Exchange 6 MZN to SEK - 6 Mozambican Metical to Swedish Krona
The metical (plural: meticais) is the currency of Mozambique, abbreviated with the symbol MZN or MT. It is nominally divided into 100 centavos. The name metical comes from Arabic مثقال (mithqāl), a unit of weight and an alternative name for the gold dinar coin that was used throughout much of Africa until the 19th century.
The krona (Swedish: [²kruːna]; plural: kronor; sign: kr; code: SEK) has been the currency of Sweden since 1873. Both the ISO code "SEK" and currency sign "kr" are in common use; the former precedes or follows the value, the latter usually follows it but, especially in the past, it sometimes preceded the value. In English, the currency is sometimes referred to as the Swedish crown, as krona literally means crown in Swedish. The Swedish krona was the ninth-most traded currency in the world by value in April 2016.One krona is subdivided into 100 öre (singular and plural; when referring to the currency unit itself, however, the de facto plural form is ören). However, all öre coins have been discontinued as of 30 September 2010. Goods can still be priced in öre, but all sums are rounded to the nearest krona when paying with cash.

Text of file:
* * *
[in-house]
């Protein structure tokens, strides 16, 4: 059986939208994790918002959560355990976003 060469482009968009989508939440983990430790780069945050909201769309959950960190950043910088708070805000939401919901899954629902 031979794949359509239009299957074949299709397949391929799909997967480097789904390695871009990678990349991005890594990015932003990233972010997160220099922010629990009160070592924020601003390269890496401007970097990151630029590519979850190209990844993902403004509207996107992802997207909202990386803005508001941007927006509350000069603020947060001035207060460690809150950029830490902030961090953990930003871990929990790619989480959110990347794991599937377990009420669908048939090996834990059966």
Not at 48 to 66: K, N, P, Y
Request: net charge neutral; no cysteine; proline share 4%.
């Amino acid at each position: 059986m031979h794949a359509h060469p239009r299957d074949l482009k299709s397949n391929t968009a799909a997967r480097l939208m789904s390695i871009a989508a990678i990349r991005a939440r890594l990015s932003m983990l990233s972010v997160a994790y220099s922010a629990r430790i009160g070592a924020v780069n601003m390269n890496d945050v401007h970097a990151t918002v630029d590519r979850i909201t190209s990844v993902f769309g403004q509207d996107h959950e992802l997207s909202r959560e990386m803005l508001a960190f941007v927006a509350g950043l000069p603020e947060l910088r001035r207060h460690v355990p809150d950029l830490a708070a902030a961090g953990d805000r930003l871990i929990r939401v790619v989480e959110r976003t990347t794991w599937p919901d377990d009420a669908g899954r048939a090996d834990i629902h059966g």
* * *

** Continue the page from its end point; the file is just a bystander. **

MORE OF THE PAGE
6 Mozambican Metical to Swedish Krona exchange rates chart
6 MZN to SEK Spot rate – This is known more formally as the ‘interbank’ rate. It is the rate banks or large financial institutions charge each other when trading significant amounts of foreign currency. In the business, this is sometimes referred to as a ‘spot rate’. It is not the tourist rate and you cannot buy currency at this rate, as you are buying relatively small amounts of foreign currency. In everyday life it is the same as the difference between wholesale and retail prices. The rates shown in financial newspapers and in broadcast media are usually the interbank rates.
6 Mozambican Metical to Swedish Krona Cross rate – This is the rate we give to customers who want to exchange currencies that do not involve the local currency. For example, if you want to exchange Australian dollars into US dollars.
The Africa Report shines a light on how an African government crafted a shady deal, with the help of international contractors and big banks, that the country’s citizens will be paying for over decades to come